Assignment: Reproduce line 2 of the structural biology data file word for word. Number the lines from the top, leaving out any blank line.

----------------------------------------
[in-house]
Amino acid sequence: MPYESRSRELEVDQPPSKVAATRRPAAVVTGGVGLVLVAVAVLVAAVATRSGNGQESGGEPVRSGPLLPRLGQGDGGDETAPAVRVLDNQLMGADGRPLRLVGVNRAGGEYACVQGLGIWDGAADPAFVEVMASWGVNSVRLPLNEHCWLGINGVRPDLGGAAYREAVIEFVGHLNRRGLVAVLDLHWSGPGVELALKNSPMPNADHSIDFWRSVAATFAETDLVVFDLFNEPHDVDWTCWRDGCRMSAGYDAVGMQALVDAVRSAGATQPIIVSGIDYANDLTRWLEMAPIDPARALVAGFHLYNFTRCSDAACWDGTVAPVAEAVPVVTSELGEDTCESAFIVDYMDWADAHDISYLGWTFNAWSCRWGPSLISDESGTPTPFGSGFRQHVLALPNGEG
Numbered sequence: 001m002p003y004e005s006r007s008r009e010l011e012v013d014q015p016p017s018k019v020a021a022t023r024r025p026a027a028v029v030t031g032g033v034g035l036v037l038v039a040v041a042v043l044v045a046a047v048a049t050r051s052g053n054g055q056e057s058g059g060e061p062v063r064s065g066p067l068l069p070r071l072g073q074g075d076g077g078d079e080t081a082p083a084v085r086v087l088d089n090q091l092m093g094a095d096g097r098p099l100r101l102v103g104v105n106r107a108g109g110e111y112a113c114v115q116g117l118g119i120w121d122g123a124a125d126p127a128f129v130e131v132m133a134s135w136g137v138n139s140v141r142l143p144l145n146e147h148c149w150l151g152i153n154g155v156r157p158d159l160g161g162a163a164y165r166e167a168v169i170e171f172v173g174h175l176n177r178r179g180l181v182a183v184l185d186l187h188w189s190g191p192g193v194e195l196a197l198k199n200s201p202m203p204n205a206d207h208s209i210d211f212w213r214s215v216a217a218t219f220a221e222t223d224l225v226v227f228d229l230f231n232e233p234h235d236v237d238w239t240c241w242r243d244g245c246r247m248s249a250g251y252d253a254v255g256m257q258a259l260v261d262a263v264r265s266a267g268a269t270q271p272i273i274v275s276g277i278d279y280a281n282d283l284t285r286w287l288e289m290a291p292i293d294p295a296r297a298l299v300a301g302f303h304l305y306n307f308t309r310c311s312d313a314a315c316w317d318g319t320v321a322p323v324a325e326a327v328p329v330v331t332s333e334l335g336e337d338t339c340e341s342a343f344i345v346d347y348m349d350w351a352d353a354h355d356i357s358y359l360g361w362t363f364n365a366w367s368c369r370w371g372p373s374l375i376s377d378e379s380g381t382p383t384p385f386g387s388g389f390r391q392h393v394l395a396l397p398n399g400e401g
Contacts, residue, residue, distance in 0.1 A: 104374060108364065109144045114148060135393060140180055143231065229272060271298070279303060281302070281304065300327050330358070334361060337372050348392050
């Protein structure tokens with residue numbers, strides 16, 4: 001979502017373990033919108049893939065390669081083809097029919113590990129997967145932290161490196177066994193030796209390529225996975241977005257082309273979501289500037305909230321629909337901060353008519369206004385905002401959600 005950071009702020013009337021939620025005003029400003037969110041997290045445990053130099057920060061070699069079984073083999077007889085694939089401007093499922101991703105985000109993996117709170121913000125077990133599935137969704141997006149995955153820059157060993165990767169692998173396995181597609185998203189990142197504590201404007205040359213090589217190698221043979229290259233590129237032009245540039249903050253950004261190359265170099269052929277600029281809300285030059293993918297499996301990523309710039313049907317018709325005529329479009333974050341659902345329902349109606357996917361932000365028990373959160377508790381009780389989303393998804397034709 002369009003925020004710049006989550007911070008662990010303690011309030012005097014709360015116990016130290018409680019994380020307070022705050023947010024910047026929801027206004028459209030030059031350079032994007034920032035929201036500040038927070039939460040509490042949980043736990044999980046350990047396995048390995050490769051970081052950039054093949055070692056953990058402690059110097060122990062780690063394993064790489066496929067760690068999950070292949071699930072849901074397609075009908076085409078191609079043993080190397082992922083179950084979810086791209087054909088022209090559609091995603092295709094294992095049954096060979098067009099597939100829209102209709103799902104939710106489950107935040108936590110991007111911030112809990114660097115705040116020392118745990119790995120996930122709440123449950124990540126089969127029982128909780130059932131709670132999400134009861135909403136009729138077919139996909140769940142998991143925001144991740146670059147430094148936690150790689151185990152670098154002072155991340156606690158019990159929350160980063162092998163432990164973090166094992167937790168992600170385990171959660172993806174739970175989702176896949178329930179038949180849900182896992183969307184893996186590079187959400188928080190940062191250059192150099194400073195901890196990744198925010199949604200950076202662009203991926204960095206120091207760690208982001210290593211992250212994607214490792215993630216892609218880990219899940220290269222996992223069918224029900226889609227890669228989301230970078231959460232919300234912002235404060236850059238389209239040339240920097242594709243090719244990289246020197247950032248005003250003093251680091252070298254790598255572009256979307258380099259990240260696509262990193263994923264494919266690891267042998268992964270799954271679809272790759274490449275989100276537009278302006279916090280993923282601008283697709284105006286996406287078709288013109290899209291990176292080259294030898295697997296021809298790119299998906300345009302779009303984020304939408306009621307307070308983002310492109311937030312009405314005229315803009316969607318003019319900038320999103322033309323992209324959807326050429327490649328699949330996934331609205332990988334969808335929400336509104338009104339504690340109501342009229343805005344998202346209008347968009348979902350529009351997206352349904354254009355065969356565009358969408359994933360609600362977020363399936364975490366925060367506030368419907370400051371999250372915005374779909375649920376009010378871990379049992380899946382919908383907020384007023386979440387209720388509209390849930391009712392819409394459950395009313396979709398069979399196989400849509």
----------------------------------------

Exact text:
Amino acid sequence: MPYESRSRELEVDQPPSKVAATRRPAAVVTGGVGLVLVAVAVLVAAVATRSGNGQESGGEPVRSGPLLPRLGQGDGGDETAPAVRVLDNQLMGADGRPLRLVGVNRAGGEYACVQGLGIWDGAADPAFVEVMASWGVNSVRLPLNEHCWLGINGVRPDLGGAAYREAVIEFVGHLNRRGLVAVLDLHWSGPGVELALKNSPMPNADHSIDFWRSVAATFAETDLVVFDLFNEPHDVDWTCWRDGCRMSAGYDAVGMQALVDAVRSAGATQPIIVSGIDYANDLTRWLEMAPIDPARALVAGFHLYNFTRCSDAACWDGTVAPVAEAVPVVTSELGEDTCESAFIVDYMDWADAHDISYLGWTFNAWSCRWGPSLISDESGTPTPFGSGFRQHVLALPNGEG